Chip Maker CEOs Frustrated as $52 Billion Chip Bill Stalls
It has been a little more than two years since the CHIPS for America Act , which would strengthen the U.S. semiconductor industry act, was proposed, but it has now stalled, and the top chipmakers are getting frustrated.
The bill would open up $52 billion in funding to bolster the chip manufacturing, supply chain, and research and development infrastructure in the United States. The bill was introduced in response to chip shortages, with some car makers shutting down assembly plants due lack of components or halting production of specific models.
The Semiconductor Industry Association (SIA), a consortium of chip and technology providers, issued a letter this week co-signed by CEOs of Google, Intel, AMD, Amazon and others, which said:
“The competitiveness legislation pending in Congress is critical to the U.S. economy, national security and supply chain resilience. The bill includes important measures to invest in research and technology leadership, workforce development, and domestic manufacturing and strengthened supply chains, including investments in key areas such as semiconductors vital to our entire economy.”
Intel in particular has committed billions of dollars to build new factories and is relying partially on funds from the bill to subsidize the cost of adding factories in Arizona and Ohio. There were big names missing from the letter, however, including Apple CEO Tim Cook. Nvidia was represented by Timothy Teter, who is the general counsel and secretary.
In a Senate committee hearing in March, Sen. Maria Cantwell of Washington state said that the chip shortages were hitting the wallets of American consumers. Consumers were paying 12% higher prices for new cars and 41% more on used cars as new cars weren’t readily available.
The U.S. House of Representatives in February passed the America Competes Act of 2022, which includes $52 billion for semiconductor manufacturing, supply chain, and research and development. A bill called the United States Innovation and Competition Act of 2021 was passed in the U.S. Senate a year ago.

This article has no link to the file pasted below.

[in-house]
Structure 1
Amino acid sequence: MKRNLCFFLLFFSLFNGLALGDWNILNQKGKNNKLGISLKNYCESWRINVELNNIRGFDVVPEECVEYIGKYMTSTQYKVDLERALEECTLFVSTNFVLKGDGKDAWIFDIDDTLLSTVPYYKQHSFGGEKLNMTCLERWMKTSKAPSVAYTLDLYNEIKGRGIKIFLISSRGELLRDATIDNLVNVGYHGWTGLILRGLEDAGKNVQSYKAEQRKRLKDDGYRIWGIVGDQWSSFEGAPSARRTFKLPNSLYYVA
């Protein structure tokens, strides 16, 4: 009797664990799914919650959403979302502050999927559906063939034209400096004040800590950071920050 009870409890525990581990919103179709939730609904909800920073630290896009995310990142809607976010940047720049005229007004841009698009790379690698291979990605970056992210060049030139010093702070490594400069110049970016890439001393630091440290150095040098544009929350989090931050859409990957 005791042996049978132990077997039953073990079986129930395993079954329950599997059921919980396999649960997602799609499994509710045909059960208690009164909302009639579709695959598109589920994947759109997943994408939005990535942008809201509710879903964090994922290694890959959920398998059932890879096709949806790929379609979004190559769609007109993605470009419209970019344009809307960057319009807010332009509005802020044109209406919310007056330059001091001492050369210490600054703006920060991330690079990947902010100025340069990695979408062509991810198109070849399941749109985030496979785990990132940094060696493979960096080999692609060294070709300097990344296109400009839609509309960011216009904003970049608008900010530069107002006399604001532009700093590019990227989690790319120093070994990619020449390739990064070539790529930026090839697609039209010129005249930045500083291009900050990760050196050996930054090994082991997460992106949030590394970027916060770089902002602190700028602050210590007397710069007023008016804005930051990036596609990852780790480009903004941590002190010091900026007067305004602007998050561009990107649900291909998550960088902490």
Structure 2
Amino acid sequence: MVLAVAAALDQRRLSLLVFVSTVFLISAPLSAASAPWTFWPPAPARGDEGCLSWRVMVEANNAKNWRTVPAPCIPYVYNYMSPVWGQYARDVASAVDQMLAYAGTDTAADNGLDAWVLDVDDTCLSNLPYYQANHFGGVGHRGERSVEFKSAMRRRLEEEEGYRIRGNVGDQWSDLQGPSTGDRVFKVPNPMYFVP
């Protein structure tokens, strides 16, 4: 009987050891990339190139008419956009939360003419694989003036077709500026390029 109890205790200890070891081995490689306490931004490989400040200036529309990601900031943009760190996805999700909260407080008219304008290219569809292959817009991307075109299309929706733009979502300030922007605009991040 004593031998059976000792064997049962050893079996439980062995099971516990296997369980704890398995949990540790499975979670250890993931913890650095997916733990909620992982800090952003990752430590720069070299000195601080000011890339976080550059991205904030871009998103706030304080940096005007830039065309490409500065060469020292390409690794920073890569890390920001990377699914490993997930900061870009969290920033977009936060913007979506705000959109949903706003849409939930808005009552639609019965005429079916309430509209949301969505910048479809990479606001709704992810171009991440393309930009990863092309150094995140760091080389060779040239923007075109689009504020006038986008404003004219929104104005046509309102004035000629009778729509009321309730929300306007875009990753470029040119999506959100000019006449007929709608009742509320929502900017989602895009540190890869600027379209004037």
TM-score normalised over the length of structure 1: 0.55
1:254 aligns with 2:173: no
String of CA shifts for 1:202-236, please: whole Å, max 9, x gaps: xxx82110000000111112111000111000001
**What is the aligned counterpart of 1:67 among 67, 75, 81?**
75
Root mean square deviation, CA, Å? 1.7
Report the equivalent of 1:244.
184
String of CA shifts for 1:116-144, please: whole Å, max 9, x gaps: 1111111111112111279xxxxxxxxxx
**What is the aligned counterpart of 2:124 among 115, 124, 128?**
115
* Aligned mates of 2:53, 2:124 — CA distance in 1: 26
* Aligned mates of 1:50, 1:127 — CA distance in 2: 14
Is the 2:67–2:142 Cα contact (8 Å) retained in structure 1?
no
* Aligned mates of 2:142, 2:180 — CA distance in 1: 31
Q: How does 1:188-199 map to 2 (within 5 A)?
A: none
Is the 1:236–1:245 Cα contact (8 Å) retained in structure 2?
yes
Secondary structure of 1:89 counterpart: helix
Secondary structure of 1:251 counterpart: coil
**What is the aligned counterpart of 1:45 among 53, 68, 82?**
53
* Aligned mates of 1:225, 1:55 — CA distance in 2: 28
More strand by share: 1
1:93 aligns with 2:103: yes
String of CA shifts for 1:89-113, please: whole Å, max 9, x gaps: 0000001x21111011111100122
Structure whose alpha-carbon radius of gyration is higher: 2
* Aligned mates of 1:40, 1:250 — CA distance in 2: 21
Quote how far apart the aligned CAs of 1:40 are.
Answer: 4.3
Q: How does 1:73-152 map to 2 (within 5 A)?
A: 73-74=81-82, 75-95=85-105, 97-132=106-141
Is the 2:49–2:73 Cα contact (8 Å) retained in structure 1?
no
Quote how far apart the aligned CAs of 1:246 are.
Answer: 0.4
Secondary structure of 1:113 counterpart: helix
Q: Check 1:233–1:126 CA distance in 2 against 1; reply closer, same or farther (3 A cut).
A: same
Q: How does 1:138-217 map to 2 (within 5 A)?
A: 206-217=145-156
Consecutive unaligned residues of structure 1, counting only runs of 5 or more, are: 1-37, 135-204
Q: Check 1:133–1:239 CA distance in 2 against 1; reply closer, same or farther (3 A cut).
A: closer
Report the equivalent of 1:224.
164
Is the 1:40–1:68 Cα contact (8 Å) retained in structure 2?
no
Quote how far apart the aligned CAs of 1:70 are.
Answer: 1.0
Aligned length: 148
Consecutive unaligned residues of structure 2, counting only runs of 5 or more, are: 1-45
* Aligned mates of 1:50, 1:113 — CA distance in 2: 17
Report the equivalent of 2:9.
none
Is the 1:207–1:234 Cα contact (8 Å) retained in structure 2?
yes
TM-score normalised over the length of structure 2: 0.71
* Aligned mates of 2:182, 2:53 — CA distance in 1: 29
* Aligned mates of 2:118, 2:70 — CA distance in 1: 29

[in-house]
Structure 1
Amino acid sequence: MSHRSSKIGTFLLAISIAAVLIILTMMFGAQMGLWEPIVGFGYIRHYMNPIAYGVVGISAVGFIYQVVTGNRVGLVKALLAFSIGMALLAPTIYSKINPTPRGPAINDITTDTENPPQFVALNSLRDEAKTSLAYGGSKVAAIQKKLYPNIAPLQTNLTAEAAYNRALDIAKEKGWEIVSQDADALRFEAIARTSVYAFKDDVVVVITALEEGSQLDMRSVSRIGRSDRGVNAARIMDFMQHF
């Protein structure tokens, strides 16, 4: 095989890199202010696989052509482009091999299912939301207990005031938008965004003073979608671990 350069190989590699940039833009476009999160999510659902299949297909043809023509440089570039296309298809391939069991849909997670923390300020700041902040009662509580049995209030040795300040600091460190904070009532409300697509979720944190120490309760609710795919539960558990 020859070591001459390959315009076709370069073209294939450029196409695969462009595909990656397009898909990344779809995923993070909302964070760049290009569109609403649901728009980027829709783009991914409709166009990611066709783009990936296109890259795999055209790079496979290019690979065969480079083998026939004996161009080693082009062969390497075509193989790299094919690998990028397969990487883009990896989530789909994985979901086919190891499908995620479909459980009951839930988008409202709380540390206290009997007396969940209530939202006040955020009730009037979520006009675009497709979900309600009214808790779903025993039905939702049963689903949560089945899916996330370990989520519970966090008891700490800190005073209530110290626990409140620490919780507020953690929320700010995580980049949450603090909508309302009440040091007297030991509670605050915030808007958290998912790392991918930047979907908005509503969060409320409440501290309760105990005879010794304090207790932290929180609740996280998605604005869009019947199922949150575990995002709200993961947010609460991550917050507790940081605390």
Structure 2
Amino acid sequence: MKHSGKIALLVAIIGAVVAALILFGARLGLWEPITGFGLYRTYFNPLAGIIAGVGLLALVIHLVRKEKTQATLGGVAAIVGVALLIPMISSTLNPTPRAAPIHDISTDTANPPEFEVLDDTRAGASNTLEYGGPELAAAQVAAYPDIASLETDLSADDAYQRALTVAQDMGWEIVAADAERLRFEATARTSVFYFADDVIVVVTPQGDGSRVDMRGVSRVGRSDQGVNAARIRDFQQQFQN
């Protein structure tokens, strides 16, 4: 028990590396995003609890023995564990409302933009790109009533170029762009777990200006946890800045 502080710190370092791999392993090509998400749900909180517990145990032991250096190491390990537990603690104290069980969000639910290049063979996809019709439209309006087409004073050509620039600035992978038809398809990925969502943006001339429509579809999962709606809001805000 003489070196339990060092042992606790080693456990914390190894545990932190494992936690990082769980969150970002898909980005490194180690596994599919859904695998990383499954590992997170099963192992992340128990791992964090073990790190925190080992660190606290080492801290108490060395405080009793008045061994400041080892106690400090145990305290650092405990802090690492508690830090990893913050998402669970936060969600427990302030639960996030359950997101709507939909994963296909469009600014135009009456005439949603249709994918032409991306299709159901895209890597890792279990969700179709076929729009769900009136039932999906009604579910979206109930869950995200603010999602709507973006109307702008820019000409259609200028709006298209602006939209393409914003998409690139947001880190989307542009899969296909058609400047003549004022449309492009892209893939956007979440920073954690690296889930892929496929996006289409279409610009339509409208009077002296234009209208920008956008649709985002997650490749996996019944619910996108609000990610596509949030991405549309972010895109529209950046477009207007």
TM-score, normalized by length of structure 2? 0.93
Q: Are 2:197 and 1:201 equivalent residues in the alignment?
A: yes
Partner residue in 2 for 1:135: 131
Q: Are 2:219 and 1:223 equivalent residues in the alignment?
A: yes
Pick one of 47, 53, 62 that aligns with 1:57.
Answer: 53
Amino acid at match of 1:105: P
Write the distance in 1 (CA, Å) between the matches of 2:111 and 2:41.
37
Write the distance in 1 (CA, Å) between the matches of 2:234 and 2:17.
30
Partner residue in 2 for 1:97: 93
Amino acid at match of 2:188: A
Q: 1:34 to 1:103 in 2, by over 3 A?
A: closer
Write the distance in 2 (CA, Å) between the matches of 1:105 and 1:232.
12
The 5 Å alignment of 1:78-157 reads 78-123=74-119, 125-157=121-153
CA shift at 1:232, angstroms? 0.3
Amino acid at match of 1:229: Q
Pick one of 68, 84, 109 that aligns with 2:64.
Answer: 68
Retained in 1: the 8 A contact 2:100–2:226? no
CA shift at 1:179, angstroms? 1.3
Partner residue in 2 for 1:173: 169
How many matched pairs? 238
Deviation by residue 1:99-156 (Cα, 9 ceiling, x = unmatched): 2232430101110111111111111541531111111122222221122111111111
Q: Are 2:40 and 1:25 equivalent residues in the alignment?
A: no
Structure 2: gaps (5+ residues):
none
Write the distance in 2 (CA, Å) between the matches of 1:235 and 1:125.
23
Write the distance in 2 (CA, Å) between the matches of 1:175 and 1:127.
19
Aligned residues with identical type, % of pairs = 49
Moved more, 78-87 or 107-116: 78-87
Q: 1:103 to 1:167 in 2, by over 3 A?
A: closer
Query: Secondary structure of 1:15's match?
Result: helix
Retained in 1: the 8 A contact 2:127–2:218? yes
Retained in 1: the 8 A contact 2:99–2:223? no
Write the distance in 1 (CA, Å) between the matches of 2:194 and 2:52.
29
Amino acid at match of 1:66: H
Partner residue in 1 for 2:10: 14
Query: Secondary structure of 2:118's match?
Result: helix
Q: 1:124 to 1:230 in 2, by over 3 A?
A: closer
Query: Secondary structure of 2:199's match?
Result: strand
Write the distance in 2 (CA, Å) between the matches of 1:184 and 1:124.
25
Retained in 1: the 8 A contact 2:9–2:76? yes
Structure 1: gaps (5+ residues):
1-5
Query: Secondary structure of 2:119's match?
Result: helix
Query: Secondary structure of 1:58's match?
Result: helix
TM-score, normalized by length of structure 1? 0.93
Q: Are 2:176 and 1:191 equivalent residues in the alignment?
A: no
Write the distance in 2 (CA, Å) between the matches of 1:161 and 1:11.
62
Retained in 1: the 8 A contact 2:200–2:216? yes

The House and Senate now need to come together to pass a bill that is agreeable to both. But the bill is stalled as there is a big gap between the House and Senate.
The two chambers have yet to resolve key differences in their bills. The House legislation includes trade proposals that are not in the Senate bill, while the Senate bill authorizes an additional $200 billion to accelerate competition with China. That is not in the House version. However, House Speaker Nancy Pelosi and Senate Majority Leader Chuck Schumer met this week with House Republican leader Kevin McCarthy and Senate Republican leader Mitch McConnell to try to work out a deal.
“The rest of the world is not waiting for the U.S. to act,” SIA wrote. “Our global competitors are investing in their industry, their workers and their economies, and it is imperative that Congress act to enhance U.S. competitiveness. We call on Congress to act promptly to achieve a bipartisan agreement that can be passed and signed into law. Now is the time for Congress to complete its work on this important bill.”
SIA’s letter refers to China and Europe, which are developing homegrown processors and fabrication plants to strengthen the local supply chain. China has had mixed success with some proposals to manufacture chips locally turning out to be scams. Chip manufacturing was largely focused on the United States until Asian countries swooped in and started manufacturing chips at lower costs and more efficiency.
China sees chip-making as a weapon to surpass the United States in technology. By 2025, China hopes to replace 70% of imports with locally produced parts and be completely self-reliant by 2030. Europe is working on a proposal called the European Chips Act, which will open up 45 billion euros in public and private funding to boost the local supply chain.
According to the SIA, global sales of semiconductors in the first quarter this year tallied $151.7 billion, growing by 23% compared to the first quarter last year.